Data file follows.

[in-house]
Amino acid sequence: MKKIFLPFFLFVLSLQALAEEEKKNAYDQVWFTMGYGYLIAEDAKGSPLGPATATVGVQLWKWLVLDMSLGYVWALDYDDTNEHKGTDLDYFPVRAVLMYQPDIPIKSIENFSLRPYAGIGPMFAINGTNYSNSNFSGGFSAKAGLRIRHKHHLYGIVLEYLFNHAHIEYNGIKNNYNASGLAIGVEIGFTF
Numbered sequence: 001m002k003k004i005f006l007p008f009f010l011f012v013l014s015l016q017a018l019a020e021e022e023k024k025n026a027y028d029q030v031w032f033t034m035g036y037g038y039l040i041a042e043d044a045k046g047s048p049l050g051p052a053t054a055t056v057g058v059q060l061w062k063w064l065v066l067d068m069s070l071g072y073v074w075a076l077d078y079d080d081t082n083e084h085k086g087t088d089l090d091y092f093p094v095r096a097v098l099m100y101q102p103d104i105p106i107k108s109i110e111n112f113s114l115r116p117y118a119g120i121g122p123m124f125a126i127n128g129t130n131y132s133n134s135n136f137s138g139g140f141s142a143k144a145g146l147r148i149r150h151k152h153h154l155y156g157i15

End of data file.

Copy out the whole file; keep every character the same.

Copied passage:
[in-house]
Amino acid sequence: MKKIFLPFFLFVLSLQALAEEEKKNAYDQVWFTMGYGYLIAEDAKGSPLGPATATVGVQLWKWLVLDMSLGYVWALDYDDTNEHKGTDLDYFPVRAVLMYQPDIPIKSIENFSLRPYAGIGPMFAINGTNYSNSNFSGGFSAKAGLRIRHKHHLYGIVLEYLFNHAHIEYNGIKNNYNASGLAIGVEIGFTF
Numbered sequence: 001m002k003k004i005f006l007p008f009f010l011f012v013l014s015l016q017a018l019a020e021e022e023k024k025n026a027y028d029q030v031w032f033t034m035g036y037g038y039l040i041a042e043d044a045k046g047s048p049l050g051p052a053t054a055t056v057g058v059q060l061w062k063w064l065v066l067d068m069s070l071g072y073v074w075a076l077d078y079d080d081t082n083e084h085k086g087t088d089l090d091y092f093p094v095r096a097v098l099m100y101q102p103d104i105p106i107k108s109i110e111n112f113s114l115r116p117y118a119g120i121g122p123m124f125a126i127n128g129t130n131y132s133n134s135n136f137s138g139g140f141s142a143k144a145g146l147r148i149r150h151k152h153h154l155y156g157i15